While it’s probably not time to start digging its grave, social media seems to have reached saturation in the U.S., where it originated. That’s according to a new global survey of media usage by Ofcom, the British telecoms regulator, citing results from its own independent research panels in countries around the world. Ofcom also found that social network usage appears to be declining in the UK.
According to Ofcom’s survey of 1,000 U.S. adults, the proportion of the U.S. Internet population who reported visiting a social network at least once a week dipped from 56% in September 2013 to 54% in October 2014. Over the same period the proportion edged up among U.S. mobile Internet users, from 67% to 69%, but this increase failed to offset the proportional decline among desktop users.
Any time the proportion of social media users declines people start forecasting doom, but it’s worth noting that according to comScore, the total U.S. Internet population increased 10.6% from 225.3 million to 249.4 million over this period. Combining Ofcom’s proportional figures with comScore’s Internet population figures (admittedly, not a scientifically rigorous approach) the number of weekly social media users would still have increased 6.7% in absolute terms, from 126.2 million to 134.7 million.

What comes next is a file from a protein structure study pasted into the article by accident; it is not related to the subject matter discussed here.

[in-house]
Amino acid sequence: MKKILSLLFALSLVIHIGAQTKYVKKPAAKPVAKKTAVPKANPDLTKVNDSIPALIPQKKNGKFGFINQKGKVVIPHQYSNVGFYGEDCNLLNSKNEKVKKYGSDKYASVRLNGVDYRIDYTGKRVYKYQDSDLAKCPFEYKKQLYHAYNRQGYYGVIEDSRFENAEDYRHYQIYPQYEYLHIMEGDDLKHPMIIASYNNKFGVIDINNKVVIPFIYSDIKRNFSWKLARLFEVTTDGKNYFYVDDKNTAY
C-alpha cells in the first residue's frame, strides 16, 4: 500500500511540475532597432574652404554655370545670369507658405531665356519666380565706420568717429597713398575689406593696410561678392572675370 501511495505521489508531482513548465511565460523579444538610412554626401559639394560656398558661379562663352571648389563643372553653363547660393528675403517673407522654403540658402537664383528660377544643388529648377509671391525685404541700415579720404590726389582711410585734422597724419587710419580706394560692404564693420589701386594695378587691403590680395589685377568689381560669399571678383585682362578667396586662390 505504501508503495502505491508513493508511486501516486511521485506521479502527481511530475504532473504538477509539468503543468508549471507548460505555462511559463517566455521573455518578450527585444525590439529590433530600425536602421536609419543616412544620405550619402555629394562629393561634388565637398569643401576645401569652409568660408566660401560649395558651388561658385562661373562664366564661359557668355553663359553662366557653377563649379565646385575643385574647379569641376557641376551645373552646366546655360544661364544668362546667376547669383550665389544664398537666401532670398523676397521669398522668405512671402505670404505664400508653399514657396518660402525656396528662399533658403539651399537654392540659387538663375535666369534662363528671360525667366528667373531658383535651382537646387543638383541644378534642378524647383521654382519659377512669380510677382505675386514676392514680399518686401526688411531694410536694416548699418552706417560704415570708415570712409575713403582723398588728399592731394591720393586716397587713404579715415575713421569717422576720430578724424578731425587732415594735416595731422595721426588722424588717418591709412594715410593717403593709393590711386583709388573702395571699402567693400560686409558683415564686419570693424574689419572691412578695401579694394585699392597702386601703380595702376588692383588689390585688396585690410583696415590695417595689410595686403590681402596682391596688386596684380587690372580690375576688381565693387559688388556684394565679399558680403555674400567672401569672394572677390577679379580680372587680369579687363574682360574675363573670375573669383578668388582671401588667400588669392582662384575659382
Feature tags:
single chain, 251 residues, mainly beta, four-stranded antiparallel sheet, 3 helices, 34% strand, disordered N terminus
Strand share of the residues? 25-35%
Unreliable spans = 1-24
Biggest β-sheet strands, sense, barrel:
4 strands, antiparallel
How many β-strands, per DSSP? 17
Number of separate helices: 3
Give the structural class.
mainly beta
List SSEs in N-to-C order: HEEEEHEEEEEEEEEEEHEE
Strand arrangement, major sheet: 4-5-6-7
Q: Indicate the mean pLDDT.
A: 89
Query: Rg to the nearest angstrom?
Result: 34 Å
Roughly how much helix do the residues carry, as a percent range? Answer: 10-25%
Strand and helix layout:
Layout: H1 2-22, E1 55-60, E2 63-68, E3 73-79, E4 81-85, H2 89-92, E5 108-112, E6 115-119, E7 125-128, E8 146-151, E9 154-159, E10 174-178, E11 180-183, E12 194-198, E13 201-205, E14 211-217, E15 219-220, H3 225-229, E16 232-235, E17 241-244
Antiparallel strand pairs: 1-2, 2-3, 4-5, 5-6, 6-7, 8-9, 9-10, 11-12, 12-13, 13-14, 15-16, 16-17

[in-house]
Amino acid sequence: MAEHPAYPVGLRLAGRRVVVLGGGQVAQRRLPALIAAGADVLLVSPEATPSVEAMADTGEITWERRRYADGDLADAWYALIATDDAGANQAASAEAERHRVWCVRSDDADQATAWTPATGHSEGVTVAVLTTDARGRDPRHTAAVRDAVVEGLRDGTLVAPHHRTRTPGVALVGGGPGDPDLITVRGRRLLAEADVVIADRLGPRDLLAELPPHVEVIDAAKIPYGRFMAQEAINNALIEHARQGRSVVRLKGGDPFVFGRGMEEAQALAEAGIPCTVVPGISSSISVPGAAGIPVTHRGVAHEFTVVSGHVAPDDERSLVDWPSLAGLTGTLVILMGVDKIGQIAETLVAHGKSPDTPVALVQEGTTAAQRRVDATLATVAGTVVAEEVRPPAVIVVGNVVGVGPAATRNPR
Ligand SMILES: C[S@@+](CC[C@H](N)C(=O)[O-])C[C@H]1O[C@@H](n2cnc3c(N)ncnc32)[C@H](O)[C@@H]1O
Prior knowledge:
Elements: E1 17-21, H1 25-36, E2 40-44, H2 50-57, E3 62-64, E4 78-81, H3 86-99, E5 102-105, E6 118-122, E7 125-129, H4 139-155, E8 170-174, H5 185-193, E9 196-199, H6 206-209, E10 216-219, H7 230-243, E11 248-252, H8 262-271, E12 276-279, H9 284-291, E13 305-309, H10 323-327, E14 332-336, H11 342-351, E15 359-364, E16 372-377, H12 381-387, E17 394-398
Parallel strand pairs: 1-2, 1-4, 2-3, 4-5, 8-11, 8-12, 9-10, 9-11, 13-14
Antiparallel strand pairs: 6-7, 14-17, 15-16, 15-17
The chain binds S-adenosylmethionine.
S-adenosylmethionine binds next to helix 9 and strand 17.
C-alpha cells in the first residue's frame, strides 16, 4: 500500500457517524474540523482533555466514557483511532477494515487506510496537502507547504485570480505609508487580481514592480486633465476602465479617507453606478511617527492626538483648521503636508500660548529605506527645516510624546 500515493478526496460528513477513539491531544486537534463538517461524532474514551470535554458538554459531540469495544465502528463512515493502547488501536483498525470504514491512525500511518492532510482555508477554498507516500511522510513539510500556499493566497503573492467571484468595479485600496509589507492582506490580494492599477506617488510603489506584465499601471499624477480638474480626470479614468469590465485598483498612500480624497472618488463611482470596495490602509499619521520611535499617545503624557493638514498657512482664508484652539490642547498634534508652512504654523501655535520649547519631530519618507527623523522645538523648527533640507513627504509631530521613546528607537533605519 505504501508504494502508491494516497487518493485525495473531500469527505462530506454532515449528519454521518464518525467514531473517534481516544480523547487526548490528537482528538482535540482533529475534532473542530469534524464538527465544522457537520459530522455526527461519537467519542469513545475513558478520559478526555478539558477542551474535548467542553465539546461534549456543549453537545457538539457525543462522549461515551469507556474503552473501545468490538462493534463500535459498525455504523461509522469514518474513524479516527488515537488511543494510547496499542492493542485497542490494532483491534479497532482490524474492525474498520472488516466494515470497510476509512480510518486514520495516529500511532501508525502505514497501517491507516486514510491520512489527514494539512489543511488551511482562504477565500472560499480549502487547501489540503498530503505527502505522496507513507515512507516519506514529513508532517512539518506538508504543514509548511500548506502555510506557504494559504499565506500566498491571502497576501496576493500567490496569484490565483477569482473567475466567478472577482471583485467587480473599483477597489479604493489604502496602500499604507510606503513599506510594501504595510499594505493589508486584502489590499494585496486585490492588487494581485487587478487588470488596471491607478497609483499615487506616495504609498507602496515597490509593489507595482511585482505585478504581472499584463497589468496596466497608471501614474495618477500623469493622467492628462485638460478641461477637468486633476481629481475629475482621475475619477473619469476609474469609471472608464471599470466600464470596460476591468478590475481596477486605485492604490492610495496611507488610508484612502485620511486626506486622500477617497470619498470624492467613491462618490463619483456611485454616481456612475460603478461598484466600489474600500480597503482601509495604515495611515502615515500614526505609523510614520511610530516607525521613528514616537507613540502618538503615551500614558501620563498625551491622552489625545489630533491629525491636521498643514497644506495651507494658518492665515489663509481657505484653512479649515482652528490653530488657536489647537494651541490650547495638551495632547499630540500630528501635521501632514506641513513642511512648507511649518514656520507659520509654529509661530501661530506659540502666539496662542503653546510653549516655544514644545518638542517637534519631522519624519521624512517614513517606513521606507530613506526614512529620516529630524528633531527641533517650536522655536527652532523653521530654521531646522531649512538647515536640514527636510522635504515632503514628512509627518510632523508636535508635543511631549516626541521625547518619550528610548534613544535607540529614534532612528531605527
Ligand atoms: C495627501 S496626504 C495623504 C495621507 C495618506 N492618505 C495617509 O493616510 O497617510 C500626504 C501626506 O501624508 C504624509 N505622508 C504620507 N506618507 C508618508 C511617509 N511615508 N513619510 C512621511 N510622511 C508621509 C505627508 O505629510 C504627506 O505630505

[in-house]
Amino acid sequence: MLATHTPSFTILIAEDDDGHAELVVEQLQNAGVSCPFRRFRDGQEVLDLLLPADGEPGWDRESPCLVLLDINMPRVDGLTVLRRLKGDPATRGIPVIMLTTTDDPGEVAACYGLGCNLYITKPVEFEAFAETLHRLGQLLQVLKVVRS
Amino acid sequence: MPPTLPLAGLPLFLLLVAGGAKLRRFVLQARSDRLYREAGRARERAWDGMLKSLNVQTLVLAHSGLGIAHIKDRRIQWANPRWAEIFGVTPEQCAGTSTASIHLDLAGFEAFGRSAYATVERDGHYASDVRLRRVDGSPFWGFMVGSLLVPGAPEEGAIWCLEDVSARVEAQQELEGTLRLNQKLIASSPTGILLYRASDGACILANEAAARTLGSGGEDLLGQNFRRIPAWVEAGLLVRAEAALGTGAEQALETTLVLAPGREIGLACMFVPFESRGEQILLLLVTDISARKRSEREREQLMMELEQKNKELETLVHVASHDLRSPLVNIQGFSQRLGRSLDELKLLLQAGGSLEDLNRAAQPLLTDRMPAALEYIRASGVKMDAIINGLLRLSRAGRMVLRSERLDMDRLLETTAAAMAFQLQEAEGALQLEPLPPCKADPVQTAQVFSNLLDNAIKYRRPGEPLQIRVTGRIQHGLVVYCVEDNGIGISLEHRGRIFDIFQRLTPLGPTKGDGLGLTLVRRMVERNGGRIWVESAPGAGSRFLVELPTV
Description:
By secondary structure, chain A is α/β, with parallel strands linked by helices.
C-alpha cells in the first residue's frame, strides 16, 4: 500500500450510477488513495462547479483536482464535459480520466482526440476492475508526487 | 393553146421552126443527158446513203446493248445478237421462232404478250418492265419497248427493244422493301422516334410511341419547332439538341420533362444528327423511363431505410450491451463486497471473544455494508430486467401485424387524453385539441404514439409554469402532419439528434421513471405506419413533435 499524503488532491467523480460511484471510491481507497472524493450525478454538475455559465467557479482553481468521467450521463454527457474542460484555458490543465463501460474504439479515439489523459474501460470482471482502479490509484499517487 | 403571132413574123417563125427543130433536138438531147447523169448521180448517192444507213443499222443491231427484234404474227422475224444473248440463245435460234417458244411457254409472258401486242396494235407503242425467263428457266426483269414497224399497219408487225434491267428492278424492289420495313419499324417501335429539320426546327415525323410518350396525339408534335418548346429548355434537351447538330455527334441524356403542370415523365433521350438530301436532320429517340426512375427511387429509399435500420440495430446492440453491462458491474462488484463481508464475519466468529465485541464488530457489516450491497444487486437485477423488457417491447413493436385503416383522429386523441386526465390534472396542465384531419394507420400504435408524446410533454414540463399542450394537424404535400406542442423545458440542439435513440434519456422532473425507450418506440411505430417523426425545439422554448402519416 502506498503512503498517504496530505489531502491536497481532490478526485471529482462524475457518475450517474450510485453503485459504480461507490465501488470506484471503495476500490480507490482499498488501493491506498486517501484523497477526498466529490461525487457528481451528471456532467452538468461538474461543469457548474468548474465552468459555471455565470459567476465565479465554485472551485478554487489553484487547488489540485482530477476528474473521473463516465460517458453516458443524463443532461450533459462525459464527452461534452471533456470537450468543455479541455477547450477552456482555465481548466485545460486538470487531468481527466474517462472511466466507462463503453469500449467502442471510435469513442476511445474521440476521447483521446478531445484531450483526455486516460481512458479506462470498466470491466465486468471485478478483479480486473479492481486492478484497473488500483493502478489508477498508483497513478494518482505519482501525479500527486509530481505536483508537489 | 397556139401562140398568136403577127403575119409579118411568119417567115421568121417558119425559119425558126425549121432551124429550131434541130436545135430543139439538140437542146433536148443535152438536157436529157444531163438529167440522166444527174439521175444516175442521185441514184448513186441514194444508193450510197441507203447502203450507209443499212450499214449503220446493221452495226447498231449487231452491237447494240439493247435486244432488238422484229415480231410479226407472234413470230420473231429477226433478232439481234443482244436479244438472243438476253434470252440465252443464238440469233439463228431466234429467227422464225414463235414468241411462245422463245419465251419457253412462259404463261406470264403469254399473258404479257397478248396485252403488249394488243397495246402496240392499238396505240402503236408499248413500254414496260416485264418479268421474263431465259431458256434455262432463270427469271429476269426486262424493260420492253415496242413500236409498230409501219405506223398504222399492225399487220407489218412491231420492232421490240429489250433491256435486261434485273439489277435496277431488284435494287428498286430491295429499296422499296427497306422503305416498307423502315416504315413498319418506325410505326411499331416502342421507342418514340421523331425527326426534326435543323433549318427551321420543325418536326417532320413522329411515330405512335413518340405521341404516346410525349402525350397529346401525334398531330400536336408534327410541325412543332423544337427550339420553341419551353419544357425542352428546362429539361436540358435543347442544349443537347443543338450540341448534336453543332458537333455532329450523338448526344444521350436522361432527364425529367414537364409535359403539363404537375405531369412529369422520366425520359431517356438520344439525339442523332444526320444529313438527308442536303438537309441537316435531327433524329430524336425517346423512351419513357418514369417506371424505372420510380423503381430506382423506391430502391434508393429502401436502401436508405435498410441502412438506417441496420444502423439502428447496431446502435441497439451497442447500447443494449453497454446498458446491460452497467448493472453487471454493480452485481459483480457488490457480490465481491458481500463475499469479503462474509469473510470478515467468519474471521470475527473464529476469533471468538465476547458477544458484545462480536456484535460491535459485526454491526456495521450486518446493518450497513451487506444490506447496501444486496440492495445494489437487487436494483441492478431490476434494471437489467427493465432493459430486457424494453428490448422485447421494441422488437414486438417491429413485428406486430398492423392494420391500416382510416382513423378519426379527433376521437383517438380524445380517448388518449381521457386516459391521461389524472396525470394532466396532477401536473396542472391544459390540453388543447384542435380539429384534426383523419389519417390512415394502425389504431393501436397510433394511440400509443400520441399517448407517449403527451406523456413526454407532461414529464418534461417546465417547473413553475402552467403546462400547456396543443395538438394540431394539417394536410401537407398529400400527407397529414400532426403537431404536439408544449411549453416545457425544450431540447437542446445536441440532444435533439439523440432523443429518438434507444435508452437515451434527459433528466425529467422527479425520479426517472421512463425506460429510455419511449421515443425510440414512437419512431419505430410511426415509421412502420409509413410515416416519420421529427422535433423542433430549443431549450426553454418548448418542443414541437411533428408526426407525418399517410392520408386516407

Also according to comScore, the number of Facebook’s monthly users in the U.S. and Canada edged up from 199 million in the third quarter of 2013 to 206 million in the third quarter of 2014 (it’s worth noting these are monthly figures, versus Ofcom’s weekly data).
Ofcom saw a much steeper drop in the UK, where the proportion using social networks fell from 65% to 56% over the same period. Meanwhile the proportion of U.K. mobile Internet users accessing social networks at least once a week remained even at 66% from 2013-2014.
The Ofcom report contains a lot of interesting insights into other aspects of social media usage. For example, among U.S. respondents who own a game console and use it to access the Internet in 2014, 16% said they also used it to access social media. That compares to 51% of tablet owners, 64% of smartphone owners, and 61% of laptop and desktop owners.
Turning to online video, in October 2014 55% of laptop and desktop owners reported watching online video, along with 48% of tablet owners, 44% of smartphone owners, and 35% of game console owners. No surprise, YouTube was the most popular site for online video, used by 36% of mobile Internet users in the U.S., compared to 25% for Facebook.